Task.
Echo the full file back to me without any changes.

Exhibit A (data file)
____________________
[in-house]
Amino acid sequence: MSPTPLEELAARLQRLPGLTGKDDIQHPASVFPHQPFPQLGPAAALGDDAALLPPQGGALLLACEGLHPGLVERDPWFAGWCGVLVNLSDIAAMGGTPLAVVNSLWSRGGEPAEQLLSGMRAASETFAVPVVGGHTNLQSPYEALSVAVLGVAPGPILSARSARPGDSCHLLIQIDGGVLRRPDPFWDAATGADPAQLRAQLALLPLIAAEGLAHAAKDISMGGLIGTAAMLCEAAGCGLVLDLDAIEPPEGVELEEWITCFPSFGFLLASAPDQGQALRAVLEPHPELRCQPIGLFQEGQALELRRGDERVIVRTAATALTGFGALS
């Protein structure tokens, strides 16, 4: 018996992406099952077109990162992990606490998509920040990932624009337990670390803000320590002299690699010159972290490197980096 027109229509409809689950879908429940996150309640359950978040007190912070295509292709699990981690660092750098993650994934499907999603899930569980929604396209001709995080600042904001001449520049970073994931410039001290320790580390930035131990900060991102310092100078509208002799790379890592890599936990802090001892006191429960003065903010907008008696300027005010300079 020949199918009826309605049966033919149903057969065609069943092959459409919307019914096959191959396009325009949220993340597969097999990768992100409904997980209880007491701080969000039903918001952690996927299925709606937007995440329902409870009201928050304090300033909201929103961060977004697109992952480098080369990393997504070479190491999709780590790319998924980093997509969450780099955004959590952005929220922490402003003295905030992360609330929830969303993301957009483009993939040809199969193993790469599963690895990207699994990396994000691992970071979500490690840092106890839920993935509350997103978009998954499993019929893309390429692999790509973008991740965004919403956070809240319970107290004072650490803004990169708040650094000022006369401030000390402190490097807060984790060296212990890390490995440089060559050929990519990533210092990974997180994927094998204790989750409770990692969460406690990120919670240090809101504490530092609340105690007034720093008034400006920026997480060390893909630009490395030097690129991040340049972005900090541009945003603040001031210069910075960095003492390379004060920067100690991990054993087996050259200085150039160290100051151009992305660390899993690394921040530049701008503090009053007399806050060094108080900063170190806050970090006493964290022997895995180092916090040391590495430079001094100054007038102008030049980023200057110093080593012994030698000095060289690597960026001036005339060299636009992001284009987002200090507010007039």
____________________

[in-house]
Amino acid sequence: MSPTPLEELAARLQRLPGLTGKDDIQHPASVFPHQPFPQLGPAAALGDDAALLPPQGGALLLACEGLHPGLVERDPWFAGWCGVLVNLSDIAAMGGTPLAVVNSLWSRGGEPAEQLLSGMRAASETFAVPVVGGHTNLQSPYEALSVAVLGVAPGPILSARSARPGDSCHLLIQIDGGVLRRPDPFWDAATGADPAQLRAQLALLPLIAAEGLAHAAKDISMGGLIGTAAMLCEAAGCGLVLDLDAIEPPEGVELEEWITCFPSFGFLLASAPDQGQALRAVLEPHPELRCQPIGLFQEGQALELRRGDERVIVRTAATALTGFGALS
């Protein structure tokens, strides 16, 4: 018996992406099952077109990162992990606490998509920040990932624009337990670390803000320590002299690699010159972290490197980096 027109229509409809689950879908429940996150309640359950978040007190912070295509292709699990981690660092750098993650994934499907999603899930569980929604396209001709995080600042904001001449520049970073994931410039001290320790580390930035131990900060991102310092100078509208002799790379890592890599936990802090001892006191429960003065903010907008008696300027005010300079 020949199918009826309605049966033919149903057969065609069943092959459409919307019914096959191959396009325009949220993340597969097999990768992100409904997980209880007491701080969000039903918001952690996927299925709606937007995440329902409870009201928050304090300033909201929103961060977004697109992952480098080369990393997504070479190491999709780590790319998924980093997509969450780099955004959590952005929220922490402003003295905030992360609330929830969303993301957009483009993939040809199969193993790469599963690895990207699994990396994000691992970071979500490690840092106890839920993935509350997103978009998954499993019929893309390429692999790509973008991740965004919403956070809240319970107290004072650490803004990169708040650094000022006369401030000390402190490097807060984790060296212990890390490995440089060559050929990519990533210092990974997180994927094998204790989750409770990692969460406690990120919670240090809101504490530092609340105690007034720093008034400006920026997480060390893909630009490395030097690129991040340049972005900090541009945003603040001031210069910075960095003492390379004060920067100690991990054993087996050259200085150039160290100051151009992305660390899993690394921040530049701008503090009053007399806050060094108080900063170190806050970090006493964290022997895995180092916090040391590495430079001094100054007038102008030049980023200057110093080593012994030698000095060289690597960026001036005339060299636009992001284009987002200090507010007039």